The brain is the major organ of the central nervous system and the control center for all the body’s voluntary and involuntary activities. It is responsible for everything we think, feel, see, say and do.
- The brainstem controls vital body functions, such as breathing and digestion.
- The cerebellum’s main functions are the maintenance of posture and the coordination of body movements.
- The cerebrum, which consists of the right and left cerebral hemispheres, is the site of most conscious and intelligent activities.
The developing brain
Neural plasticity refers to the ability of circuitry in the brain to physically change and grow new dendrites as a result of new learning and experiences.
During peaks of plasticity, such as the ages of 12 through the early 20s, the adolescent brain is “wiring” two important brain areas which are responsible for different functions:
- prefrontal cortex — thinking, planning, good judgment, decision-making and impulse control
- hippocampus — learning and memory
During this period of development, the brain must make the key neural connections to wire itself to become a responsible, thoughtful adult.
Alcohol and the teenage brain
Alcohol affects a teen brain differently than a mature adult brain. Since the brain is rapidly developing, teen alcohol use can damage the wiring.
When the alcohol — which acts as a depressant — is consumed, it slows down brain activity and hinders development.
Damage to two key areas of the brain
“The prefrontal cortex (remember, it’s the area responsible for thinking, planning, good judgment, decision-making and impulse control) undergoes the most change during adolescence. Researchers found that adolescent drinking could cause severe changes in this area…which plays an important role in forming adult personality and behavior. Damage from alcohol at this time can be long-term and irreversible.”
“The hippocampus (involved in learning and memory) suffers the worst alcohol-related brain damage in teens. Those who had been drinking more and for longer had significantly smaller hippocampi (10 percent). In addition, short-term or moderate drinking impairs learning and memory far more in youths than adults. Frequent drinkers may never be able to catch up in adulthood, since alcohol inhibits systems crucial for storing new information.”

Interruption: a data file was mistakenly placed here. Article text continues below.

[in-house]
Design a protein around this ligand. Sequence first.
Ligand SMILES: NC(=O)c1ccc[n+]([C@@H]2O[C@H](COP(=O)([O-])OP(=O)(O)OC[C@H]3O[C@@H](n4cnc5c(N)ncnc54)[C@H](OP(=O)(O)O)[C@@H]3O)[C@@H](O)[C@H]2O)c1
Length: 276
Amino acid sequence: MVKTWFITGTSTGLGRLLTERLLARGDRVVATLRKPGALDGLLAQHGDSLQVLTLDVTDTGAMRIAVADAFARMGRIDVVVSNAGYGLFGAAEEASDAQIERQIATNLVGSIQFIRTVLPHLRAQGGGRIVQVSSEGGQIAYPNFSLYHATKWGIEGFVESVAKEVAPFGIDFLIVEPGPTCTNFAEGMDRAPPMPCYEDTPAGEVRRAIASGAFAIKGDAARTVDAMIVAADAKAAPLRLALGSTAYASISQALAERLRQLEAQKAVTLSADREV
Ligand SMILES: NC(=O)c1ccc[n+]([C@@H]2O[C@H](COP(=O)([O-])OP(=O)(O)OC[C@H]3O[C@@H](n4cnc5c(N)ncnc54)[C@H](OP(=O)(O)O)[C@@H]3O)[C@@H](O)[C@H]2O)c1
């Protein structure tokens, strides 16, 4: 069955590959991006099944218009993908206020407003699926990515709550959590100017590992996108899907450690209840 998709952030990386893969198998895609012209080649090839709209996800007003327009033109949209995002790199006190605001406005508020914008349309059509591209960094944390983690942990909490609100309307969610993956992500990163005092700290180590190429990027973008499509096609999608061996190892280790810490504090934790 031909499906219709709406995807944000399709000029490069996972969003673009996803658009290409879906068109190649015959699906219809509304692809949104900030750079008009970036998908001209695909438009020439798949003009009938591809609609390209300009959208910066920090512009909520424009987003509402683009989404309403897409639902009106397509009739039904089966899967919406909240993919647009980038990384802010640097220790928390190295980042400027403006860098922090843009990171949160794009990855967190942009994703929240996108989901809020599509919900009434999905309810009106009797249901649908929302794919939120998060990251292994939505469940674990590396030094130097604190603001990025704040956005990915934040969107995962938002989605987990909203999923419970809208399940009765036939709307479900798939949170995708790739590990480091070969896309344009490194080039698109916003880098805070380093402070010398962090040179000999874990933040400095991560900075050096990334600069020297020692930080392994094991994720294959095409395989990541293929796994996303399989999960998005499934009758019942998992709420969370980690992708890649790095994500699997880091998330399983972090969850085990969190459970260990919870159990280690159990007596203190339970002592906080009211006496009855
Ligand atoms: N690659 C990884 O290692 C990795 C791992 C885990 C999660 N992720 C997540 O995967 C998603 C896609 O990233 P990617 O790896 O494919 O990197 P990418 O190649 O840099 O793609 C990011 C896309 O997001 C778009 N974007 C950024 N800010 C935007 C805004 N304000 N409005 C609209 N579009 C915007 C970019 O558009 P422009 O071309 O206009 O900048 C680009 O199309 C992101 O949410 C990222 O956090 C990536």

— American Medical Association, 2003 Fact Sheet
How neurons communicate
As we already learned, the brain is divided into distinct areas that direct different parts of our body, with all of the parts of the brain working at the same time. It does this through more than 100 billion brain cells called neurons.
A neuron looks sort of like a tree, with “branches” called dendrites, a “trunk” called an axon, and “roots” called axon terminals. The tip of each “root” contains tiny sacks of powerful chemicals called neurotransmitters. At the top of the “trunk” is a tiny electrical generator called a soma.
The brain neurons communicate by sending electrical and chemical messages from the “roots” of one neuron to the “branches” of another. If a thought or action is repeated often, the “roots” of one neuron send more chemical, and the receiving neuron makes more “branches” to receive it. The neural connection is strengthened until it begins to look like a bushy tree instead of a spindly tree. It becomes a dominant neural pathway.
Forty percent of our neurons are “wired” at birth. They perform automatic functions such as breathing, heart and lung functions, digestion, etc. The other 60 percent are waiting to be stimulated by our learning and experiences to make connections or “wiring.” When we learn new things, new “NEURAL CONNECTIONS” are made in our brain. This is referred to as “wiring” our brain. The more neural connections we make, the smarter and more capable we become. In short, alcohol suppresses brain development.
White matter damage
The brain is made up of gray matter (neutrons) and white matter. Because alcohol suppresses brain activity, it prevents the teen brain from properly developing its essential “white matter” — the
fatty-waxy coating which insulates the part of neurons that send electrical signals. Impaired white matter can negatively affect thinking and memory skills.
— Dr. Susan Tapert (ref: http://www.npr.org/templates/story/story.php?storyId=122765890)